Beverage

Fruity beverages

Color is the number one gateway to the food and beverage sensory experience. Color influences the consumer’s perception of flavor, taste, freshness, and desirability. If the color of a product doesn’t meet the consumer’s preconceived expectations it’s likely a different product will be chosen. In order to ensure that the product meets consumer expectation, synthetic colors are often added to food and beverages. The addition of these synthetic colors helps to offset natural color loss caused by exposure to light and temperature / moisture loss, correct natural color variation, enhance weak color hues in a product, or to create a fun look to a food or beverage. Although synthetic colors are considered to be more stable compared to their natural counterparts, some of them are still prone to color fading due to light exposure.

In order to prevent the color degradation of a food or beverage, manufacturers often add in an ingredient to delay color loss. Rosmarinic acid, commonly derived from rosemary and used in the beverage industry, can be used to delay color degradation. However, Kemin has found that rosmarinic acid derived from spearmint is effective in delaying this color loss as well.

Dairy

Diary: cream, butter, and milk

Milk is a complex biological system consisting of fats, proteins, minerals, vitamins, carbohydrates, and water. Milk powders contribute nutritionally, functionally, and economically to a variety of food formulations including bakery, confectionery, dairy, recombined milk, meat, nutritional beverages, and prepared foods. Whole fat milk powder has relative high fat content (26%-40%) and is enriched in vitamins. Not only does it serve as an ingredient in processed foods, it is also a popular nutrient source in many developing countries. 

Recent research indicates that the type of fat, particularly in whole milk, may promote human health. Plus, the developing world is increasingly looking to whole milk and whole milk powder as a nutritional source of protein, fats, and vitamins. Thus, it is expected that the consumption of whole fat milk will increase worldwide. However, the higher fat content makes whole milk prone to oxidation, a process that decreases the nutritional value and flavor. Moreover, in many developing countries, proper packaging and controlled storage conditions are limited, which in turn shortens the shelf life of whole fat milk powder.

Oils

Oils and fats are very important constituents of the vast majority of food products. Lipids are often the carrier of the taste components, yet at the same time oils and fats are the principal cause of sensorial degradation.

Dish of olive oil and rosemary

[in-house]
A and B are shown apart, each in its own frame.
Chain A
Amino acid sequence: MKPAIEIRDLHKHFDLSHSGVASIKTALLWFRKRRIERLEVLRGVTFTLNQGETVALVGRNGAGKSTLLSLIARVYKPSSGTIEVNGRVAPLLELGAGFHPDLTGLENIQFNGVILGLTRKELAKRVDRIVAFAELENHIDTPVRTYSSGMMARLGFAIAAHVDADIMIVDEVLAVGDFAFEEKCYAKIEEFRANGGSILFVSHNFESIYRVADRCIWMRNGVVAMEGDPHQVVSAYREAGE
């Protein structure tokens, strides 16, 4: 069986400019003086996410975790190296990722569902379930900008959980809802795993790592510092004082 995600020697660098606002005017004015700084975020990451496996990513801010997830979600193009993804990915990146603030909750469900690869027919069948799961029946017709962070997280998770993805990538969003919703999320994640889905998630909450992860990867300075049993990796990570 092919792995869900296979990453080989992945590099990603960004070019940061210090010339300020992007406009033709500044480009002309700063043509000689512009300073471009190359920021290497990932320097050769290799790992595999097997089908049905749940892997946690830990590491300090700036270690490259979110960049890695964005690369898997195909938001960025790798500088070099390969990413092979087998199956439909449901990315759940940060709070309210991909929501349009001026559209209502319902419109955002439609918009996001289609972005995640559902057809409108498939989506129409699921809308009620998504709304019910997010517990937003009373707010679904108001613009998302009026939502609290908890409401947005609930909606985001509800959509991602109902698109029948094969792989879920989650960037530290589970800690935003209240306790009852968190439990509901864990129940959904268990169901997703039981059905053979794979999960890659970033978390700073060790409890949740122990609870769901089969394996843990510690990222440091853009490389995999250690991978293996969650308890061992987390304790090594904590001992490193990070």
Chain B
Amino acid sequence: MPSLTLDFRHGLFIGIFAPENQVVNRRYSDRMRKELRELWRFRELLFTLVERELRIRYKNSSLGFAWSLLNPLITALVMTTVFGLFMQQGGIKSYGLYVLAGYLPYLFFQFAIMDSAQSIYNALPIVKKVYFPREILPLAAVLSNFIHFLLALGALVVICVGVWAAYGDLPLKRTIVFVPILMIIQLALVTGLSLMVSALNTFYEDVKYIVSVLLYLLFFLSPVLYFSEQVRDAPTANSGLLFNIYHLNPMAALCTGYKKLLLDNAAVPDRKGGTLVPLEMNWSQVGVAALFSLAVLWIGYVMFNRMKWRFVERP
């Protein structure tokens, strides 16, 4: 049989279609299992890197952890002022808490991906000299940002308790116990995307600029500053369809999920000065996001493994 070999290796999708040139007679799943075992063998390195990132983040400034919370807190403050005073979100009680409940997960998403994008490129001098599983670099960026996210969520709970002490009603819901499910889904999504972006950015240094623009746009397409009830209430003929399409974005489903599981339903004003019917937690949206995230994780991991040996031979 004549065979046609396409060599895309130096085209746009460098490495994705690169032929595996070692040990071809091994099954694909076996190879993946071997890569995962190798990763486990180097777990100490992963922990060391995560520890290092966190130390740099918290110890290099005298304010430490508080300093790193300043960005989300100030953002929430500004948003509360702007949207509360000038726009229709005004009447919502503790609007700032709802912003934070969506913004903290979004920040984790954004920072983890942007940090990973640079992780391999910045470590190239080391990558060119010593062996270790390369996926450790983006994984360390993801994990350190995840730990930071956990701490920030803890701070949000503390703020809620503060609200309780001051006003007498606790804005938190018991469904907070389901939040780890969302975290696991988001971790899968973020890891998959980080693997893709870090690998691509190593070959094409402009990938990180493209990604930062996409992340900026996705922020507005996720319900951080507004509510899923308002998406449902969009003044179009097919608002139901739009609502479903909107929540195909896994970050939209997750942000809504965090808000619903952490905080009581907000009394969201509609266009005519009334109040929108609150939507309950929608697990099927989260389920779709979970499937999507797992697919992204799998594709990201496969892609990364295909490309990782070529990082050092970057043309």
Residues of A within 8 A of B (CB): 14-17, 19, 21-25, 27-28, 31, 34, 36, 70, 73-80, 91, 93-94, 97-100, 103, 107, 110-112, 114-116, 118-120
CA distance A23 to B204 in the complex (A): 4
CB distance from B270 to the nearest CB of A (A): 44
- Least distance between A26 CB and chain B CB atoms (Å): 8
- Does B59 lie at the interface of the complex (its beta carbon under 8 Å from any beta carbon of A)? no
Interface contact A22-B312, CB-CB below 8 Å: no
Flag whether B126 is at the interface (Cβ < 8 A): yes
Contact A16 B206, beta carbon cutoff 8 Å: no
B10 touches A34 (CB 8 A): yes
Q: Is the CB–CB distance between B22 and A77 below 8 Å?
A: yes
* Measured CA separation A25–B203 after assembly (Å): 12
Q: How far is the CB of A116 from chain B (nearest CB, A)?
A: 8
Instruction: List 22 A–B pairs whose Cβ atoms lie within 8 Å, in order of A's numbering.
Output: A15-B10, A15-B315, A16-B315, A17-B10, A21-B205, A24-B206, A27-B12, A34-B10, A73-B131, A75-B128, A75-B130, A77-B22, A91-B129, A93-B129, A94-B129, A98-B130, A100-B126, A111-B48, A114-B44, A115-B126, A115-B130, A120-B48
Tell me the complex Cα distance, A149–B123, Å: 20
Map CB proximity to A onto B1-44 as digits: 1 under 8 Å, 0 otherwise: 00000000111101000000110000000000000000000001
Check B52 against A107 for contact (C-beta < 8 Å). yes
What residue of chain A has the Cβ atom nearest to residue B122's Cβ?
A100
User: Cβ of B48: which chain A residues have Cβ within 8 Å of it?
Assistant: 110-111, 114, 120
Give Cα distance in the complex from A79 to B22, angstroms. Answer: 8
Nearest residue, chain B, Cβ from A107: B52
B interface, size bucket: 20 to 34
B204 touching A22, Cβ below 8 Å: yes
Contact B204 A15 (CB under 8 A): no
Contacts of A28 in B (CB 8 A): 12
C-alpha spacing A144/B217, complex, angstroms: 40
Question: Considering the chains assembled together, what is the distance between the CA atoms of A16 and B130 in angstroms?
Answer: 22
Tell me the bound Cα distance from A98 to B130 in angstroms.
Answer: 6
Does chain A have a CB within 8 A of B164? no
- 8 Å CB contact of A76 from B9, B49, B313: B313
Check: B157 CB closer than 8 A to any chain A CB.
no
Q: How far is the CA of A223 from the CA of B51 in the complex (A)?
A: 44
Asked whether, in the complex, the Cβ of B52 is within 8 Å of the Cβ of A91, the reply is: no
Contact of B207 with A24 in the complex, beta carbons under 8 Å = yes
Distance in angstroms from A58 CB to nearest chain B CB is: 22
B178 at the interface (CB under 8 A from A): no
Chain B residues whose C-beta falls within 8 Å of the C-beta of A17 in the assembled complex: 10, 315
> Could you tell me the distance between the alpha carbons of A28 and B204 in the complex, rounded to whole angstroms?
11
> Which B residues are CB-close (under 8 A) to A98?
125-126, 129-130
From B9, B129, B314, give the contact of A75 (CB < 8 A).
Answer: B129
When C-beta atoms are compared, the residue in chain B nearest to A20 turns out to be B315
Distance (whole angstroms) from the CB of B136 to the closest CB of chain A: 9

Because most lipids are susceptible to oxidation, they will have a major impact on the sensorial shelf life. Oxidized lipids will form volatile reaction products that cause rancidity. Many measures can be taken to prevent the onset of oxidation. The use of antioxidants is one of the most efficient ways to avoid the formation of rancid food products. Other important aspects in oxidation control are protective packaging and cold storage; however, these measures alone are rarely sufficient.

One of the conundrums faced by food manufacturers is the growing consumer resistance to synthetic antioxidants. Traditional synthetic antioxidants such as butylated hydroxyanisole (BHA) and butylated hydroxytoluene (BHT) are often no longer accepted. There is a general trend to keep the product label as simple and as clean as possible. In this respect, plant based extracts that contain molecules with antioxidant activity can be used to tackle shelf life problems while remaining label friendly.

Proteins

Minced meat with green herbs

Kemin understands proteins – and how different processing techniques and packaging affect them – when determining which shelf-life ingredients to use. We offer solutions that are tailored to individual customer needs, from simple solutions to more complex blends, with a highly experienced technical team who understands the synergies of these ingredients. We can help you solve your color, flavor, and microbial challenges, allowing you to get your product to market quicker and keep it fresh longer.

In the increasingly competitive meat and poultry marketplace, solutions to your processing concerns have never been more important. As the rising cost of meat production continues to narrow profit margins, it’s crucial to make the best choice when it comes to processing solutions.

Kemin is only one of a handful of companies serving the meat and poultry industry that can provide products protecting against color, flavor, and microbial degradation. We do this using plant-based extracts and sources of organic acids that help conserve the appearance, taste, and safety of food products without negatively impacting their flavor, color, and odor profiles.

Sauces and Dressings

A small dish of creamy vinaigrette and cottage cheese sauce

The specific ingredients and processes for making dressing and sauces can vary; however, the major ingredients used generally consist of emulsified vegetable oils that are high in unsaturated and poly-unsaturated fats. Such fats are especially susceptible to oxidation; therefore, preservatives are often added to improve taste stability and shelf life. Historically, these preservatives consisted of synthetic ingredients such as Ethylenediaminetetraacetic acid (EDTA) and tertiary butylhydroquinone (TBHQ). With a greater interest in ingredients derived from natural sources increasing and synthetic ingredients banned in various countries, ingredients from Kemin become particularly interesting for customers looking for efficacious, plant based products.

 

 

 

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